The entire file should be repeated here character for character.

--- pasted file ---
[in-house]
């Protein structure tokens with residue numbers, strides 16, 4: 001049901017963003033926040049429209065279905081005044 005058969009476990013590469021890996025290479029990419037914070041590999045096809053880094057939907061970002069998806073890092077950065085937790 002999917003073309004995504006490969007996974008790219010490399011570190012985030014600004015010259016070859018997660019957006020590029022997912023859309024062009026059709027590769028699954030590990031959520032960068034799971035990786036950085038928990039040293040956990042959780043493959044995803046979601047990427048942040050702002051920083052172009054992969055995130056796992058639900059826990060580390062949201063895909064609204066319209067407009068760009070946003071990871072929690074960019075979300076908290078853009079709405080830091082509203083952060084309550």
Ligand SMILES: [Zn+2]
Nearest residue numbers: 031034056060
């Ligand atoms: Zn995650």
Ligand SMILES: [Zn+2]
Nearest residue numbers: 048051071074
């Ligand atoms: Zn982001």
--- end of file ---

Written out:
[in-house]
């Protein structure tokens with residue numbers, strides 16, 4: 001049901017963003033926040049429209065279905081005044 005058969009476990013590469021890996025290479029990419037914070041590999045096809053880094057939907061970002069998806073890092077950065085937790 002999917003073309004995504006490969007996974008790219010490399011570190012985030014600004015010259016070859018997660019957006020590029022997912023859309024062009026059709027590769028699954030590990031959520032960068034799971035990786036950085038928990039040293040956990042959780043493959044995803046979601047990427048942040050702002051920083052172009054992969055995130056796992058639900059826990060580390062949201063895909064609204066319209067407009068760009070946003071990871072929690074960019075979300076908290078853009079709405080830091082509203083952060084309550």
Ligand SMILES: [Zn+2]
Nearest residue numbers: 031034056060
């Ligand atoms: Zn995650």
Ligand SMILES: [Zn+2]
Nearest residue numbers: 048051071074
């Ligand atoms: Zn982001």